Financial engineering is a process that uses existing financial instruments to create a new and enhanced product of some type. Just about any combination of financial instruments and products can be used. The process may involve a simple union between two products, or make use of several different products to create a new product that provides benefits that none of the other instruments could manage on their own.
One excellent example of financial engineering is financial reinsurance. Companies that offer reinsurance options essentially provide a way for the ceding insurer to minimize a drain on available resources when a major shift in premium growth or reduction is taking place. In this scenario, the process helps to create a stable environment that will allow the insurer to remain solvent and stable even when extreme conditions exist.
For the consumer, the work of a financial engineer to create new product offerings can be a great advantage. In some instances, the new and improved product is simply a repackage of several independent but complimentary products made available at a lower price. For example, the consumer may find that purchasing insurance coverage that provides dental, hospital, and prescription coverage may be significantly less expensive than purchasing individual plans.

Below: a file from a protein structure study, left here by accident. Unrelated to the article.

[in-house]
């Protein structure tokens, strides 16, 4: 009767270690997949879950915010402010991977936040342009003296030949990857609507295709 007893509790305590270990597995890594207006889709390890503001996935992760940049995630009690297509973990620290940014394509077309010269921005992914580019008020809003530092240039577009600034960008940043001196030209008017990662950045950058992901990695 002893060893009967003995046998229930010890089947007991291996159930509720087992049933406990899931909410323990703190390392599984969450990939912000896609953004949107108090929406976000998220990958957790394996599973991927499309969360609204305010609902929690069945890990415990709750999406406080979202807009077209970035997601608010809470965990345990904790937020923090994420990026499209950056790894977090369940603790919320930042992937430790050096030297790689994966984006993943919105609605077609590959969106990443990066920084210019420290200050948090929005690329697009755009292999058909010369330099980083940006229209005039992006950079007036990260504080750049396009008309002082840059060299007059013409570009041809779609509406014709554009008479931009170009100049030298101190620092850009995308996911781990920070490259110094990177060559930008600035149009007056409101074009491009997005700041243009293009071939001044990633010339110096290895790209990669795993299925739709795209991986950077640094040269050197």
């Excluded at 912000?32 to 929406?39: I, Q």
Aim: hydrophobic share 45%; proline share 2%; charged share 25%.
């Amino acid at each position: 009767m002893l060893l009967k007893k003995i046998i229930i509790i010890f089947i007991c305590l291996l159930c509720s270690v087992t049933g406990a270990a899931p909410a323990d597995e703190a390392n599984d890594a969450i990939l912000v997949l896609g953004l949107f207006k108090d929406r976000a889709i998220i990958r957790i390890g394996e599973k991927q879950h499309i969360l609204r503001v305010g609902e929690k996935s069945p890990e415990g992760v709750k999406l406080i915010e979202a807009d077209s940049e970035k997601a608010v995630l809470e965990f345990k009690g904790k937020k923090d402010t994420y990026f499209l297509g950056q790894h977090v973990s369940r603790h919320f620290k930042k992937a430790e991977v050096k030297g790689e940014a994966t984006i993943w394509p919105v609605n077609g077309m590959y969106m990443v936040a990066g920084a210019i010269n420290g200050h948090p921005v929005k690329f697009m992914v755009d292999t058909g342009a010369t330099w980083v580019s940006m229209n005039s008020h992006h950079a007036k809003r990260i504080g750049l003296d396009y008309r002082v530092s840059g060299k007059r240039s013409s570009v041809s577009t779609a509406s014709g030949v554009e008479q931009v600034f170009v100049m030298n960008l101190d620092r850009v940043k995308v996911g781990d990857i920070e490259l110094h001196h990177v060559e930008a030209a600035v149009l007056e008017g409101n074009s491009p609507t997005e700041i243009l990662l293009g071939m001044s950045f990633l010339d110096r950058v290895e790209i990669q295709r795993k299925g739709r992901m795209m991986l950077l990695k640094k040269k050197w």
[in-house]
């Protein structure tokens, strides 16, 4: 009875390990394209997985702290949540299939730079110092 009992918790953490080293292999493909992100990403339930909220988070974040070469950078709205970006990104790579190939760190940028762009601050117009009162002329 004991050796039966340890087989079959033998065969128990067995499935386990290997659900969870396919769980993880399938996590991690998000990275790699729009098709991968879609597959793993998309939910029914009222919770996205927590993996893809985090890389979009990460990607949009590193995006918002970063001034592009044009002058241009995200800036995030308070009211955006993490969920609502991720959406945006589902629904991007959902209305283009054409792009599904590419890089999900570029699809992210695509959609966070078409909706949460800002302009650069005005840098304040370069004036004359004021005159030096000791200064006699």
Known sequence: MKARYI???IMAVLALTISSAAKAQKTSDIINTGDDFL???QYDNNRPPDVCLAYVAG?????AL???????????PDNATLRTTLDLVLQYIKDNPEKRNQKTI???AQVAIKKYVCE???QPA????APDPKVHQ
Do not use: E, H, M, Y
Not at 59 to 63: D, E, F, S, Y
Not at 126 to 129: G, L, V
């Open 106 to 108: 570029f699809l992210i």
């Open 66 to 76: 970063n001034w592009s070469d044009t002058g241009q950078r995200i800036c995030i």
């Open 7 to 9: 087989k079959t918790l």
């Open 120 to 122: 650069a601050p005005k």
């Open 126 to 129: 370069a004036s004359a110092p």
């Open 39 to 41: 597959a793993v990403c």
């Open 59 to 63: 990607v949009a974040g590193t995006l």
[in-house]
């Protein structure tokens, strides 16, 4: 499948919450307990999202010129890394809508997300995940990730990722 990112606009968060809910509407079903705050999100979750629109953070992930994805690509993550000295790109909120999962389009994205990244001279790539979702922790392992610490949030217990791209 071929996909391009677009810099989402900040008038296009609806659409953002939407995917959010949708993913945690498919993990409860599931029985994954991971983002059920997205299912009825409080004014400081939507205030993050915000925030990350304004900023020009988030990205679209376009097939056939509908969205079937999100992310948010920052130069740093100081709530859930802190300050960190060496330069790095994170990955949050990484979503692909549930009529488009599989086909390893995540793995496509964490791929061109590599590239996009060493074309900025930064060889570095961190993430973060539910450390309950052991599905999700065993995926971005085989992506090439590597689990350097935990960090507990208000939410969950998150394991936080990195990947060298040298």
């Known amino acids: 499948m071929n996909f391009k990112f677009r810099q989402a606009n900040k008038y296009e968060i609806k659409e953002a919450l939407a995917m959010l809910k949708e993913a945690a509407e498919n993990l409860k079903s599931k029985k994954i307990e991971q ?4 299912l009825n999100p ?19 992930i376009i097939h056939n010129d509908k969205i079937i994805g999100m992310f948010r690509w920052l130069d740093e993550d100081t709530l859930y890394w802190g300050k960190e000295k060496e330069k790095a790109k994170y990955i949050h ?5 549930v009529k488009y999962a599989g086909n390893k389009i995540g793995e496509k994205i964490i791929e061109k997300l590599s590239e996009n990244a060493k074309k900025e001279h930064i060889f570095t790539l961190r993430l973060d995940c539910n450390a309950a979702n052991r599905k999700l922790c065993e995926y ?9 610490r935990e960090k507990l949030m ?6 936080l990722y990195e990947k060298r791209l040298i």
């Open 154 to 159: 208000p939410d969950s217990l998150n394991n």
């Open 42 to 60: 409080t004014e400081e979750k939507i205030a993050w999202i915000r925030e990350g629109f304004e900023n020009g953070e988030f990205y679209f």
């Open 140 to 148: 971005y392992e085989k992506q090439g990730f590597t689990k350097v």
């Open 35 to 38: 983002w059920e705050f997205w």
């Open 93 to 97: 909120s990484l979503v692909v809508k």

Financial engineering works in other environments as well. The financial theory of offering several existing products under one package has become very common in the telecommunications industry, and many providers today offer bundled service packages that include local phone service, unlimited national long distance, Internet service, and cable or digital satellite television. The end result of this type of arrangement means one lower price to obtain three or more services at significant cost savings to the consumer.
Sometimes known as computational finance, this process relies heavily on mathematically calculating the outcome if various combinations of financial instruments are offered under one umbrella as a package deal. Usually, the calculations indicate that the providers stand to do very well with the new hybrid financial product, as the product holds the potential to attract new consumers who would have foregone use of one or more of the instruments if the only option was to purchase them individually.